Ibrahim Al Husseini


There are men who succeed and men who inspire, Ibrahim AlHusseini does both. Embodying the American dream, AlHusseini is the kind of success story we all love to learn about. The Palestinian-born entrepreneur is a visionary using his success and influence to create a better world. Focused on sustainability, this trailblazer has spent more than 20 years investing in clean technology and financing projects that actively counter global warming. He does this through his growth equity fund, FullCycle, focusing on accelerating the deployment of climate critical technology worldwide, and his family’s Husseini Group, which guides ventures embracing social enhancement and ecological sustainability. eniGma’s Founder & CEO Yasmine Shihata caught up with the successful LA-based pioneer to explore his amazing journey, his vision, and his plans for a brighter future. So if you want to make alot of money while improving the world, read on for this exclusive interview….

You are a Palestinian who grew up in Saudi Arabia and went on to university in the U.S. You must have gone through quite a transition at that time. Tell us about it…
As Palestinians, we were very fortunate that the Saudi government invited my family to come as refugees. They very generously gave my grandfather and father passports, so I was born a Saudi citizen. Unlike other Palestinians who ended up in refugee camps, we were able to start a new life in Saudi Arabia. We got to live in Jeddah, which was a very internationally diverse city where life was not as strict as it was elsewhere in the country. We mixed with Swedes, Americans, Germans, French, South Africans to name a few, and this gave me a more international upbringing.

Located on the Red Sea, the lovely city of Jeddah affected my life trajectory. On weekends we’d spend time either swimming, fishing or scuba diving. That was very important for me, because growing up in a desert, there wasn’t a lot of nature around us. Under the water, there was an extremely lush and vibrant environment with so much life, colour and texture that you sadly rarely find on earth anymore.

What ignited your decision to move to the U.S.?
The U.S. had some of the best universities in the world and my parents wanted to invest in our education I really wanted to go to Washington D.C. because I had friends there; so I applied for universities in Washington. But I didn’t know there was a Washington state and a Washington D.C., so I ended up in Seattle, Washington instead of D.C.! That experience ultimately changed my life.

How easy was it for you to adapt once you made it to the US?
Seattle was where the grunge scene started. Music like Nirvana and Pearl Jam, all started during my time there. It was a very up-and-coming city and people didn’t realise its significance then. Today, big companies like Starbucks, Microsoft and Amazon are all based there. So all of that was starting to bubble up when I was in college and I got caught up in the music and technology scene. I was full of curiosity and awe for this massive change happening around me.

You started a multi-million dollar business from your dorm room, how did that come about?
My college girlfriend was ahead of her time. She used to give me vitamins every day, which back then were very big and difficult to swallow. She understood that in the U.S. and most of the developed world, they were using industrial farming practices with chemical fertilisers which deplete the soil. In fact, the U.N. says the Earth has only 60 harvest cycles left, since all our soil is dying because we are not nourishing or re-generating it. So she exposed me to these vitamins, and I felt better taking them, but not swallowing them. So I got the idea to start a small vitamin company that would make small vitamin pills. It wasn’t a monumental innovation, but supply and demand – and secular trends were in my favour; and they propelled my business forward and allowed me to really succeed. Four and a half years later, I sold the brand, which made me an extremely young multi-millionaire. Yet I learned very quickly that money doesn’t buy you happiness.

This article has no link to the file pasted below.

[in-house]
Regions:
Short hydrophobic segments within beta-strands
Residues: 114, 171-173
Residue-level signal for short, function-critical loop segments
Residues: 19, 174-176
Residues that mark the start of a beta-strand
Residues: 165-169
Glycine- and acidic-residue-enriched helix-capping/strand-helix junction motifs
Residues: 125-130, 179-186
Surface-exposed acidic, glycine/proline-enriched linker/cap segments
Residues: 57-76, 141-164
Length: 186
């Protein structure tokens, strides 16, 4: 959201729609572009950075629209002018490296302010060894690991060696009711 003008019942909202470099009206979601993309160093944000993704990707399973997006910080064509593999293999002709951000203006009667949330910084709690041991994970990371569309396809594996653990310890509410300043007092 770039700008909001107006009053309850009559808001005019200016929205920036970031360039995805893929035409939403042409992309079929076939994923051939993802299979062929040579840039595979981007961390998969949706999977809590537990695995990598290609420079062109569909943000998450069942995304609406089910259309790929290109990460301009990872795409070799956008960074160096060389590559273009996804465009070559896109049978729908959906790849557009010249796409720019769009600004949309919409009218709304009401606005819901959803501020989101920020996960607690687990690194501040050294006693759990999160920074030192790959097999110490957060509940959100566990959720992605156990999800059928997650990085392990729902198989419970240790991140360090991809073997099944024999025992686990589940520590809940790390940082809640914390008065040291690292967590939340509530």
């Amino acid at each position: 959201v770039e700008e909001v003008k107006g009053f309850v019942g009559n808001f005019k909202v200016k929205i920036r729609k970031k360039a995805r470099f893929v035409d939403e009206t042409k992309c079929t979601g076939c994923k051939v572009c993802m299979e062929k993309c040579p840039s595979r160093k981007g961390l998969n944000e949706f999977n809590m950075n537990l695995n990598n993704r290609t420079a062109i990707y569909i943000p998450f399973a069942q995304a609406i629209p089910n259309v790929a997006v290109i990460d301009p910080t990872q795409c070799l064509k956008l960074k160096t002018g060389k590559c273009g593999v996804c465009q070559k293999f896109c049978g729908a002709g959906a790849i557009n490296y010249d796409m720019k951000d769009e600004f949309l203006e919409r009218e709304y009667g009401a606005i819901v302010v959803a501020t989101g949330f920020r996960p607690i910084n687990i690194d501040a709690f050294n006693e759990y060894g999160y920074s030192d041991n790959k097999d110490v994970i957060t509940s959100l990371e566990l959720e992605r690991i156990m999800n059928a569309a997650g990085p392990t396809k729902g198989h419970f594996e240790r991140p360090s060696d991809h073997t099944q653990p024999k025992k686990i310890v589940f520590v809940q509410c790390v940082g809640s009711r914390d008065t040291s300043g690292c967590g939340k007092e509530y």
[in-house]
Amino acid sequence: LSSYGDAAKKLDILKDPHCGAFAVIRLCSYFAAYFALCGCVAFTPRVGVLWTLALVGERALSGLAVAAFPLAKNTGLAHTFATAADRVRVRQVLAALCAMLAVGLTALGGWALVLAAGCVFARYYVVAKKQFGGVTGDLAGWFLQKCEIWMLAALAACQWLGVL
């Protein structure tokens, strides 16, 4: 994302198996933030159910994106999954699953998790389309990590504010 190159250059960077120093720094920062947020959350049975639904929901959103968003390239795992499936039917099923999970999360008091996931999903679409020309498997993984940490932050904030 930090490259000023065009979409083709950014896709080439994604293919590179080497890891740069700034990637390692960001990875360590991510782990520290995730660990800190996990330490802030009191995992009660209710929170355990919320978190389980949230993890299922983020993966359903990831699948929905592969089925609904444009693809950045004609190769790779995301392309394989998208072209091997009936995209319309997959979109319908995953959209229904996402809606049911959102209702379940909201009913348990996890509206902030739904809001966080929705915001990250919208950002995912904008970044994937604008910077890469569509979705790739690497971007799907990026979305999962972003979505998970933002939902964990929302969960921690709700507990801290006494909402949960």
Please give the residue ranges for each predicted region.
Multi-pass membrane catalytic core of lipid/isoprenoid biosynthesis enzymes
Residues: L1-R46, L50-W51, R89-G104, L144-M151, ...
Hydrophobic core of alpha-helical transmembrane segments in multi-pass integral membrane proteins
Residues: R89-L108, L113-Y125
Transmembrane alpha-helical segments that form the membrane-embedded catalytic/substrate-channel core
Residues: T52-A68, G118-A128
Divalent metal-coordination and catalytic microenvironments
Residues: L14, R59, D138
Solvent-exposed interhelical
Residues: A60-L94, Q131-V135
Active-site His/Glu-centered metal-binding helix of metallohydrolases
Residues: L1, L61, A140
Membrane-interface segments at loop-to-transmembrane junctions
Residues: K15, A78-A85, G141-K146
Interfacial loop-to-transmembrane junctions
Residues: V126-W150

Making that much money taught me that there is just so much dopamine our bodies can release, no matter how much we spend to have better and higher experiences. It was a big eye-opener for a young man to realise there must be something else out there beyond the perpetual pursuit of wealth. I was ready to retire at 24 and I didn’t know what was next.

What was your ambition at the time?
I wanted to get an MBA, but that was interrupted because of the success of my business early on. So I ended up getting an ‘MBA through experience’ instead. I like to say I’m in good company, with Bill Gates, Steve Jobs, and Richard Branson. they also didn’t finish college and we all started our businesses early.

So you sell this great business and you almost retire; what made you continue?
A fluke happened. One of my ex-employees came to visit me and told me he was selling ATM machines since he learnt that the government deregulated the ATM business which now could be placed anywhere. He made money through a service fee, where if anyone withdraws money, they have to pay an extra charge. No one really knew about this business and it was a virgin market, so we brought our teams together again and started to sell ATMs everywhere. We were able to put 1200 ATMs all over Los Angeles and Texas alone.

I then sold the ATM Company when I turned 30. That was a vastly bigger exit than my vitamin company. Then when the internet was first initiated, I was invited to a baby shower, with an online registry list for the gifts, which guests had to print out and take to the store to buy. I realised this process could be simplified by creating a website, where guests could see the registry online, pick what they wanted and have gifts shipped to recipients. So I started an online gift registry business, which did well, but then the dot-com crash happened in 2001, and my investors didn’t want to continue. Since it wasn’t my passion, I didn’t want to invest more myself. I had just been curious to try.

So, what did you do next?
I decided to focus on investing in technology. I made the most effective investment bets in fiber optics and fiber optics switches, after the dot-com crash. That’s when I started becoming a professional investor and started a family office called the Husseini Group. One of my largest goals to this day, is to buy a skyscraper in Manhattan and put our family name on it. Not for ego purposes, but because America is becoming a mosaic of cultures and religions, and the more names we have out there in the mix, the more people will realise that.